Utah’s new waiver proposal also has attracted increased attention because it seeks another unprecedented change — to impose a per capita cap on the federal funding that Utah’s Medicaid program receives. (The Utah legislature required the state Medicaid agency to seek such a cap, as part of the legislation it passed overriding the ballot initiative.) This provision would limit the federal Medicaid funding the state would receive for low-income adults enrolled under the partial Medicaid expansion to a fixed amount per beneficiary, irrespective of what beneficiaries’ health care costs turn out to be.

In 2017, Congress rejected proposals to apply a per capita cap to all states, which would have cut federal Medicaid funding significantly over time. Under those proposals, the federal government would no longer pay a fixed percentage of states’ overall Medicaid costs as it does now. Instead, it would pay a state only the federal matching share of a fixed amount per beneficiary — the state’s “per capita cap” amount — with the “cap” amounts set to rise from year to year at a slower rate than the projected growth rate in Medicaid costs. As a result, states would receive less federal Medicaid funding than under current law, with the shortfall growing each year. To accommodate the loss of federal funds, states would have to lower eligibility, restrict benefits, cut provider payments, or contribute more of their own funds.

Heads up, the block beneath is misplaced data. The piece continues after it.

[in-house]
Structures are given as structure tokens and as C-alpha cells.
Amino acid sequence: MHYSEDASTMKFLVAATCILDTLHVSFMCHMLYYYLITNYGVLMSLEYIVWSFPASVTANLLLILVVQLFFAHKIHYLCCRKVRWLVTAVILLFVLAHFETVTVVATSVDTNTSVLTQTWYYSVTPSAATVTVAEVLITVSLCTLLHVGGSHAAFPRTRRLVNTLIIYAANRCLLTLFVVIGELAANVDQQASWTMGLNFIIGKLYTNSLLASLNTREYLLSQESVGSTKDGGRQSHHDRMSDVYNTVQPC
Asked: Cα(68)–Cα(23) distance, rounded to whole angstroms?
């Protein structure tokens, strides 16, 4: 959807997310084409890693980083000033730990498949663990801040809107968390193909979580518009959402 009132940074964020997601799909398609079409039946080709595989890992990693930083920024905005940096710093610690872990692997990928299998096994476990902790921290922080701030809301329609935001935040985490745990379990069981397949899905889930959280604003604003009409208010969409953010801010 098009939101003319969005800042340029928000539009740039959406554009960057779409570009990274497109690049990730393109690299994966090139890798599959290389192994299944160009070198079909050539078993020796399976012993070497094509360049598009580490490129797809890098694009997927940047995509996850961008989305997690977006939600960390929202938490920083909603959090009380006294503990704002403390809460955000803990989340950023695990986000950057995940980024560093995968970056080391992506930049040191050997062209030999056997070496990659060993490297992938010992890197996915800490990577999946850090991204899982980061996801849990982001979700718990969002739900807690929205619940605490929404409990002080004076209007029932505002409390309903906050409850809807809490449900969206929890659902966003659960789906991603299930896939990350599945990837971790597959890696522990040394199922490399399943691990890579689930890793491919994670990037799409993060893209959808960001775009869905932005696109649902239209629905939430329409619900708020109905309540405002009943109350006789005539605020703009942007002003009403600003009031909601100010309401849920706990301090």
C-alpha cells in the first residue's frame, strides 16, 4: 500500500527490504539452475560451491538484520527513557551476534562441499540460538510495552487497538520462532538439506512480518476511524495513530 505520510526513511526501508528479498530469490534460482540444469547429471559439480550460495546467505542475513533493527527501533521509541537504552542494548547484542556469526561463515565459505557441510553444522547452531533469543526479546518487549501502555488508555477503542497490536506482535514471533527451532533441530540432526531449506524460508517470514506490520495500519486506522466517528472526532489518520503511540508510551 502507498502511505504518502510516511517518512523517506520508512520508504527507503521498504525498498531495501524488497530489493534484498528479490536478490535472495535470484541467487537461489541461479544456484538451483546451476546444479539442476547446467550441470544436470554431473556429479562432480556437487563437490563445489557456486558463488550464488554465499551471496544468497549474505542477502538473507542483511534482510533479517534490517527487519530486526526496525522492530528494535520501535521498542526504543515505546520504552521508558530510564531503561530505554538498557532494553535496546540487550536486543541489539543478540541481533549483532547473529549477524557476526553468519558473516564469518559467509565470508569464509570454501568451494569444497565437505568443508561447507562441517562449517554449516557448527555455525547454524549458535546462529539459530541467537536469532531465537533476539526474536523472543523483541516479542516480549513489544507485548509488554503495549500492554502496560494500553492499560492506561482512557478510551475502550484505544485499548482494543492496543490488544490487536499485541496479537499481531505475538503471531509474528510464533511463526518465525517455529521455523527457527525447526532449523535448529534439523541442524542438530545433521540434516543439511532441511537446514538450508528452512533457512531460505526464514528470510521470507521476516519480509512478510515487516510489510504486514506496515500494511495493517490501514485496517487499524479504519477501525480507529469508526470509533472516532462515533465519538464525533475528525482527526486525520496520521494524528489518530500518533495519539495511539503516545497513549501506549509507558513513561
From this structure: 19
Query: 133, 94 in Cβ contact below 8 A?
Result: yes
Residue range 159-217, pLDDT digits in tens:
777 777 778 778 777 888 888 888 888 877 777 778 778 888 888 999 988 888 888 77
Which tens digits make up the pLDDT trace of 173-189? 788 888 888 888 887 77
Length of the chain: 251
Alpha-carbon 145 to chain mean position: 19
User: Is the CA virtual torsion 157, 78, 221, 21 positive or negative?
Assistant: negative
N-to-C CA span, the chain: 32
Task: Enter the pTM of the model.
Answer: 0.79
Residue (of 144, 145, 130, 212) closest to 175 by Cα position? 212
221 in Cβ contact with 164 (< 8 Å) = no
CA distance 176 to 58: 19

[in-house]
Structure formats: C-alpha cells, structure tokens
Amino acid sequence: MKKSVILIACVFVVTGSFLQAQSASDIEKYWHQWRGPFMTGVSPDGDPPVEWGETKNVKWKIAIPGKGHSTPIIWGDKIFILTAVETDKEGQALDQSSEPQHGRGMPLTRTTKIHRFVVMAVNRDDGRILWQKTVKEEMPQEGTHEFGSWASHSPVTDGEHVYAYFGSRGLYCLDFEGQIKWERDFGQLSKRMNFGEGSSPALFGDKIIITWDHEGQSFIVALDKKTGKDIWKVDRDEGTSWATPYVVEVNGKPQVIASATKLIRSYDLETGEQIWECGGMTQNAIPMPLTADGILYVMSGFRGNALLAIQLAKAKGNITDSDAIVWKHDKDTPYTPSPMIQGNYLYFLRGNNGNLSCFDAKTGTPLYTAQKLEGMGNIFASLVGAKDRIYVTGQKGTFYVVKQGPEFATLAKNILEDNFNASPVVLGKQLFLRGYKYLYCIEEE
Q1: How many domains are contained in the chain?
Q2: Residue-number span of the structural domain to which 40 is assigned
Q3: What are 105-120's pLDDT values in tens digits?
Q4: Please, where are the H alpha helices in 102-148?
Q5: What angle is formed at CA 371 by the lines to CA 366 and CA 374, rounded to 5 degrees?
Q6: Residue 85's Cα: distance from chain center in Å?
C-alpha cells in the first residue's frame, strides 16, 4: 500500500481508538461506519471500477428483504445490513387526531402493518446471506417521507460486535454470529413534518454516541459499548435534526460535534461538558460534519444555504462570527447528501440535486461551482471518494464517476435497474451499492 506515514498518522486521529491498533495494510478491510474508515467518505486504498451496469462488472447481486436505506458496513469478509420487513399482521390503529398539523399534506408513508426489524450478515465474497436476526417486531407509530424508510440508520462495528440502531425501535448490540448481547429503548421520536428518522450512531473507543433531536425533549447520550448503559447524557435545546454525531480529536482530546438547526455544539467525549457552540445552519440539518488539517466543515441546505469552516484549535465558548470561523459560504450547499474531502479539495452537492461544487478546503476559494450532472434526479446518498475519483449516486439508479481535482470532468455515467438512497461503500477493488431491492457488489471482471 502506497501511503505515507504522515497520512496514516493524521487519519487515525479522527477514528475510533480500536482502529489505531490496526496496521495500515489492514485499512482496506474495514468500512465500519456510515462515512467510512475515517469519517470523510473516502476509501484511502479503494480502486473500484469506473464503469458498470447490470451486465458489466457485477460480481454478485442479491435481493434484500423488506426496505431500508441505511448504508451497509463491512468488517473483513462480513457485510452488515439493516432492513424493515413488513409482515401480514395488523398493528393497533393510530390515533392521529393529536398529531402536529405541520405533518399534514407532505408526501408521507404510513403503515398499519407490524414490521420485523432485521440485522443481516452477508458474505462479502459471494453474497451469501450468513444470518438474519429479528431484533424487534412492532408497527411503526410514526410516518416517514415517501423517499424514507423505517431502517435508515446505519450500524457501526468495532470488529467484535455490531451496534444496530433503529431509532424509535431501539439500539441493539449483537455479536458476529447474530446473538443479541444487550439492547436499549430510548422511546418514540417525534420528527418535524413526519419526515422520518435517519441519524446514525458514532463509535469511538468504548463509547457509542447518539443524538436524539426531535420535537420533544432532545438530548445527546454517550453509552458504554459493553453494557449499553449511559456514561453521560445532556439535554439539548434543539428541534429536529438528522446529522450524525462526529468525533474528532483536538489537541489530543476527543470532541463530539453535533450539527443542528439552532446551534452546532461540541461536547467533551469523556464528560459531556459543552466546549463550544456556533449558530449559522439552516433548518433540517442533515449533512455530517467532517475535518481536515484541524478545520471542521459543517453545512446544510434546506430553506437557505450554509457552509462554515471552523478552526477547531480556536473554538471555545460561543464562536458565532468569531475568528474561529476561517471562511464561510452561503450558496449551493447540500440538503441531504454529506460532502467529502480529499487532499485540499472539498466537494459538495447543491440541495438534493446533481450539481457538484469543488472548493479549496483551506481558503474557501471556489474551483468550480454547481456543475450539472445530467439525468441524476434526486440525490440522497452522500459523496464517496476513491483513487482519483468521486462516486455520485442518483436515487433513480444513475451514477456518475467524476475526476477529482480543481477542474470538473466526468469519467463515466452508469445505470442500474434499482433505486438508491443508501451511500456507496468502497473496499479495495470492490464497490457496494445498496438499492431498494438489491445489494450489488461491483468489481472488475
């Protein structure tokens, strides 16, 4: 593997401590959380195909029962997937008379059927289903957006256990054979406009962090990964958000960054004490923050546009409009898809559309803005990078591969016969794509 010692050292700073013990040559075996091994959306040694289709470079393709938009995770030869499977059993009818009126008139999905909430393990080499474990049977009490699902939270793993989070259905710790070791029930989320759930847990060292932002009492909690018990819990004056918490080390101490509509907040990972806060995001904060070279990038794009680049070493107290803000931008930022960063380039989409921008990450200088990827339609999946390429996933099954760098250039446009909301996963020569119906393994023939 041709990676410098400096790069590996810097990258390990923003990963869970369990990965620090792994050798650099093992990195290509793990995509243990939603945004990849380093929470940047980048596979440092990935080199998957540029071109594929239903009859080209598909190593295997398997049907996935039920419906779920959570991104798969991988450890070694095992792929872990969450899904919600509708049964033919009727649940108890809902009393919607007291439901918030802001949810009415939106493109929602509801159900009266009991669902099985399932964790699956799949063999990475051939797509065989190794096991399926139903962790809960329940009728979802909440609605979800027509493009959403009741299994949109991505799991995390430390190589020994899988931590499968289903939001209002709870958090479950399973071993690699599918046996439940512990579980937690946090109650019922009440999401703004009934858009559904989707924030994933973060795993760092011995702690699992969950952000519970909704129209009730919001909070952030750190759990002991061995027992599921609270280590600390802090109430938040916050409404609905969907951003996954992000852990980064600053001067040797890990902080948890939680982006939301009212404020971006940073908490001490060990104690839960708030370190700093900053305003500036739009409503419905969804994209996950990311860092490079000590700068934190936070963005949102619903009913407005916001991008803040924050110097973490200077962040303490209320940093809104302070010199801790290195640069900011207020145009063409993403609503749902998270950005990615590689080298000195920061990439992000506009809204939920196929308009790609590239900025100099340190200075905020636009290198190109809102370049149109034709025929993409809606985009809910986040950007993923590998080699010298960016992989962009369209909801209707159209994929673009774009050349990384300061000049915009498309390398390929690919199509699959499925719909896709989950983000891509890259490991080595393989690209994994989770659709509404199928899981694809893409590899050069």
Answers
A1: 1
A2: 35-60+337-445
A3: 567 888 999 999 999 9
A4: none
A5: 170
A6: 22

Utah’s proposal departs in important respects, however, from the per capita cap proposals that Congress debated. Utah officials reportedly feared the additional financial risk for the state under such a cap, so they proposed a growth rate in the cap amounts that would equal projections of growth in health care costs. They also included “protections” to limit the cap’s risks to Utah’s budget, including safety valves that would adjust the caps if unanticipated events occur such as a public health emergency or natural disaster. Utah officials also proposed applying the caps to combined federal funding over a five-year period rather than on an annual basis, letting the state spend over the cap in one year if offset by lower spending in another. In addition, in the event that Utah’s Medicaid expenditures exceeded the caps, Utah would still receive federal matching funds to help defray the costs above the cap, but at the state’s regular federal matching rate of 68 percent instead of the ACA’s enhanced matching rate.